Coronavirus is causing a mental health crisis. Here’s how to fight it. In Vox, Covid-19 patients and those caring for them could be especially at risk for anxiety, depression, and other conditions.

Taraji P. Henson’s foundation offers free virtual therapy for underserved communities. In Colorlines, the Boris Lawrence Henson Foundation, a non-profit combating mental health issues in the Black community, wants to reach those struggling with life changes triggered by the COVID-19 pandemic.

Mental illness will be ‘next wave’ of COVID-19 pandemic, epidemiologist says. Months-long isolation will take its toll on people’s mental health. CBC News’s Eva Uguen-Csenge explores.

How to sleep better if coronavirus anxiety is keeping you awake. Experiencing insomnia during the pandemic? Stress dreams? This expert advice is for you, from Jillian Wilson in HuffPo.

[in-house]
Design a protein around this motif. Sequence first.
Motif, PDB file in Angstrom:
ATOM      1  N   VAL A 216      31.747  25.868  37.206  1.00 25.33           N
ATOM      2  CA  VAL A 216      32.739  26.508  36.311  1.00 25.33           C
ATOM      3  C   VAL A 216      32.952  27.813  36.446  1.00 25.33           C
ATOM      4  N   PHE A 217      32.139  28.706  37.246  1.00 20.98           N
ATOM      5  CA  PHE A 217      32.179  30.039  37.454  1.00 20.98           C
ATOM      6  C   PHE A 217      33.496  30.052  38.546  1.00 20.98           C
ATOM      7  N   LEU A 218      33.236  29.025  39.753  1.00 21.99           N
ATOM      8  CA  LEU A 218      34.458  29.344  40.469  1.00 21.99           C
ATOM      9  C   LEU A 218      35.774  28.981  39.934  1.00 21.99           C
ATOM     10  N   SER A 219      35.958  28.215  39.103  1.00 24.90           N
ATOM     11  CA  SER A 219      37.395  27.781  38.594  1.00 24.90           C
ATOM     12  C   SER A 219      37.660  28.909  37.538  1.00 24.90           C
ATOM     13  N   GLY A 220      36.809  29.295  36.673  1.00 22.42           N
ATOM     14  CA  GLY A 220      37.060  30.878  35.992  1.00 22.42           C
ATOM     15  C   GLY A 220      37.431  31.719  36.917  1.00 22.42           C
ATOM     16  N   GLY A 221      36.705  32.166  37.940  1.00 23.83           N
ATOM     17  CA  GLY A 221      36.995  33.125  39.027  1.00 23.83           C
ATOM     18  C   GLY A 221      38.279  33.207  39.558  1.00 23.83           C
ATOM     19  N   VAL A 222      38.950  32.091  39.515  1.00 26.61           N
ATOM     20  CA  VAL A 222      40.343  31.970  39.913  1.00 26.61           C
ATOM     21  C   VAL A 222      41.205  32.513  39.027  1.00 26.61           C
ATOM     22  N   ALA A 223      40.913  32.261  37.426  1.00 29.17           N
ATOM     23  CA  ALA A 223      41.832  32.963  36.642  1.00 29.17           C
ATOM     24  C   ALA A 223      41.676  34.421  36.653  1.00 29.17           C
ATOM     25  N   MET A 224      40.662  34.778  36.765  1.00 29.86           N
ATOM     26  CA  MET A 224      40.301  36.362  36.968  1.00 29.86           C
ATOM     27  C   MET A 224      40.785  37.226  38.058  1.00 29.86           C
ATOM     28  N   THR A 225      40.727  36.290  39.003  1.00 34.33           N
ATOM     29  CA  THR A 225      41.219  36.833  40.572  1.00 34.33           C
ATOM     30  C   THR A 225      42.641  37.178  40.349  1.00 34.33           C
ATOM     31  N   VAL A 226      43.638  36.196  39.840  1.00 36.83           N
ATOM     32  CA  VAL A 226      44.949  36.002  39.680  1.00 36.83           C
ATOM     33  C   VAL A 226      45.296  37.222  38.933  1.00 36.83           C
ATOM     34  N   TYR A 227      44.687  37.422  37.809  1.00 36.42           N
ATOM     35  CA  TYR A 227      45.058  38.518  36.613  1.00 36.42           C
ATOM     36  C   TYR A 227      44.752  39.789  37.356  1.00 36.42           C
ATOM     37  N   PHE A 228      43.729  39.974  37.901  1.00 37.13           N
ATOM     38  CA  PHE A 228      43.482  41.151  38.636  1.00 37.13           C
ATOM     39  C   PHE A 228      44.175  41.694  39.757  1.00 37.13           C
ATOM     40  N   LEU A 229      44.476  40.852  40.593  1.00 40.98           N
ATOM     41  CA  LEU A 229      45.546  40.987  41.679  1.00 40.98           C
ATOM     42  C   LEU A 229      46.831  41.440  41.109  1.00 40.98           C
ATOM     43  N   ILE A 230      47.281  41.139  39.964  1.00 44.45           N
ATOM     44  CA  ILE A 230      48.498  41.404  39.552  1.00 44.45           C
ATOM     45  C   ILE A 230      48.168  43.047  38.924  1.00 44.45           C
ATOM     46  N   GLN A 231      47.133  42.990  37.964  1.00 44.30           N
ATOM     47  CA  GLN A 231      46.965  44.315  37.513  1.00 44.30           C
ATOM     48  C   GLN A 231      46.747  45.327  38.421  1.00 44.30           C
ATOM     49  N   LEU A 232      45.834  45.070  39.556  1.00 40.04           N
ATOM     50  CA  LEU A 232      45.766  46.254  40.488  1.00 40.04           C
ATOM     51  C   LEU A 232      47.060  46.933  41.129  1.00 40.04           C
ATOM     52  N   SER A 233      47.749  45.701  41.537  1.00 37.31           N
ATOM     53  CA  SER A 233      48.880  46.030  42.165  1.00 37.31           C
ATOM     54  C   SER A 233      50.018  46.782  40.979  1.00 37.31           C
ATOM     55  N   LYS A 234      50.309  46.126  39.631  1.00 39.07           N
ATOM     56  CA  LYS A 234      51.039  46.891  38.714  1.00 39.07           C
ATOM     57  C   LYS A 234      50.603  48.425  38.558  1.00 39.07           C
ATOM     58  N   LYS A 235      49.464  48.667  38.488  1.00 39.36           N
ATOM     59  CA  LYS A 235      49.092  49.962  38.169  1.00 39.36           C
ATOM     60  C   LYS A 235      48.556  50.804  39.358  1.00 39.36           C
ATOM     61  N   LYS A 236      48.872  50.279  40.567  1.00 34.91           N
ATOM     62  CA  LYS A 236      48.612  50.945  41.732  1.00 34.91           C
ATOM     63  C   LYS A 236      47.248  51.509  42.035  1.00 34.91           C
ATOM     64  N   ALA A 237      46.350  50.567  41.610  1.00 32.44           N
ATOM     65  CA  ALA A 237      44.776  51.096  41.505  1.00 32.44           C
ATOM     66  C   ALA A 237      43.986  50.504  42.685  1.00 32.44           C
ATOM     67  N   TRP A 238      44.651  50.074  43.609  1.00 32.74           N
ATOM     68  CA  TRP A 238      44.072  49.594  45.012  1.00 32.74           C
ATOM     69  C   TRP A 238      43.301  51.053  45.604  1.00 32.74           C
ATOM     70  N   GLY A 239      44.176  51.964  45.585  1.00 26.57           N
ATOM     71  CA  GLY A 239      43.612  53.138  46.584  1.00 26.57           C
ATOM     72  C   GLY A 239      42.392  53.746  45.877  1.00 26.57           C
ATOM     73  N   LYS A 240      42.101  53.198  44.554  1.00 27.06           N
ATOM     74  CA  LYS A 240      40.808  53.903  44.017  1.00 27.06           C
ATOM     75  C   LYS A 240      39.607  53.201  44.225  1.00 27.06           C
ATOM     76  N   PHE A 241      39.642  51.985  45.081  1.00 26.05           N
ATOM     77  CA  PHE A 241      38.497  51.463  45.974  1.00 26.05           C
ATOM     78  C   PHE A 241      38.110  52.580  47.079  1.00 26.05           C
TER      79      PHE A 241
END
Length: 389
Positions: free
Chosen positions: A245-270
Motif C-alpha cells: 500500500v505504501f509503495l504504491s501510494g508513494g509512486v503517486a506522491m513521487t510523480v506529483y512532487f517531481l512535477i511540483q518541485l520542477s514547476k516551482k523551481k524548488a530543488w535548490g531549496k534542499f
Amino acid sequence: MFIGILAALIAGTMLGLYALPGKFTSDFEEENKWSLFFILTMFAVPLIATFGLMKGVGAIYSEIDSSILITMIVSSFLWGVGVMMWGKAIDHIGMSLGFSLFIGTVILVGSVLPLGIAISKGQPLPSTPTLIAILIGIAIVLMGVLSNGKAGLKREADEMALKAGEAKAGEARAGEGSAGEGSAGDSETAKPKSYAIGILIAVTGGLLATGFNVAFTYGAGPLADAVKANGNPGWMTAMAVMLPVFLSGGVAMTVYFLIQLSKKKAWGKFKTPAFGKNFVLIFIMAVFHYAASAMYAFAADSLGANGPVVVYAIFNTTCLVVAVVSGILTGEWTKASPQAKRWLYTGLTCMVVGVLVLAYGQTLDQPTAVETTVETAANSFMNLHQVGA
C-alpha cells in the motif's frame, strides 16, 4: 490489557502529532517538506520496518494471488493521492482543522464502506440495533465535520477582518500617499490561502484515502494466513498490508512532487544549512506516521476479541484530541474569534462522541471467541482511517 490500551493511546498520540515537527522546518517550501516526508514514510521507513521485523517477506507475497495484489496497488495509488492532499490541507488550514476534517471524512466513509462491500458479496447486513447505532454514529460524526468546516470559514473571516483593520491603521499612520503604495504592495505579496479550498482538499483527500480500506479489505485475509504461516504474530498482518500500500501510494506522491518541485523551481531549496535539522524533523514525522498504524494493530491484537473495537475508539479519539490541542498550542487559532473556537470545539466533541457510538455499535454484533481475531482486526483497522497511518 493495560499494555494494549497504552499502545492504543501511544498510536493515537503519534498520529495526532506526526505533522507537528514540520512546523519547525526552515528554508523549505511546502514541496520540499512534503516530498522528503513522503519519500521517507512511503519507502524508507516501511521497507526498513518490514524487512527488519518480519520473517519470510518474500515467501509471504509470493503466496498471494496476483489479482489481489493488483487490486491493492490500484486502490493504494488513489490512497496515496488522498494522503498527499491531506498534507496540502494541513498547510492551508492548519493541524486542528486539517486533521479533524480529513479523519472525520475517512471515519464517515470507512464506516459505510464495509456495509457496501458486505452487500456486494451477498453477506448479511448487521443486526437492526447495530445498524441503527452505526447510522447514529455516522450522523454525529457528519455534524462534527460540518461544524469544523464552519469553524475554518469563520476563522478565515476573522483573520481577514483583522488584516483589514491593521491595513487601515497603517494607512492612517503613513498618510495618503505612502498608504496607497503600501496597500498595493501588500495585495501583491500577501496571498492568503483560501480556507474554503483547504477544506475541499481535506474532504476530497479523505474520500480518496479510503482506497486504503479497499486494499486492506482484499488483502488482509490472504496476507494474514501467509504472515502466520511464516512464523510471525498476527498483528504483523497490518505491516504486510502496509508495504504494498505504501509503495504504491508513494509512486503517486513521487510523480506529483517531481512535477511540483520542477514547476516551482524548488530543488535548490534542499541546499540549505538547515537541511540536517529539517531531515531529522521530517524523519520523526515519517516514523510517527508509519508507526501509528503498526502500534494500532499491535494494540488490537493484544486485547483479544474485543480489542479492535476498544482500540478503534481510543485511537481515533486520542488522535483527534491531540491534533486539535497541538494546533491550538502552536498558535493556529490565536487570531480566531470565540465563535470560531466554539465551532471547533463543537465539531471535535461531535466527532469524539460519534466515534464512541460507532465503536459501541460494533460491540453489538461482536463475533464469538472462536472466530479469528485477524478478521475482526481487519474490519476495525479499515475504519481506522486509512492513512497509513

How to tell if you have coronavirus or if you’re experiencing anxiety. HuffPost freelancer Stephanie Barnes explores the symptoms of both, how to handle anxiety and preventative measures worth taking.

Failure to address coronavirus mental health issues will prolong impact. For The Hill, Opinion contributors former U.S. Surgeon General Dr. David Satcher, Kennedy Forum founder Patrick J. Kennedy, and American Psychological Association CEO Arthur C. Evans Jr., Ph.D., write about what the federal government and state and local leaders can prioritize in their coordinated responses to ensure the health and well-being of Americans long after headlines about coronavirus have dissipated.

Mental health professionals are preparing for an epidemic of anxiety around the coronavirus. In Mother Jones, Ben Bagdikian editorial fellow Will Peischel talks to mental health experts about common symptoms and how they’re addressing patient concerns.

Pandemic anxiety is making us sleepless, forgetful and angry. Here are tips for coping. In Washington Post, psychologist Jelena Kecmanovic offers key tips for coping.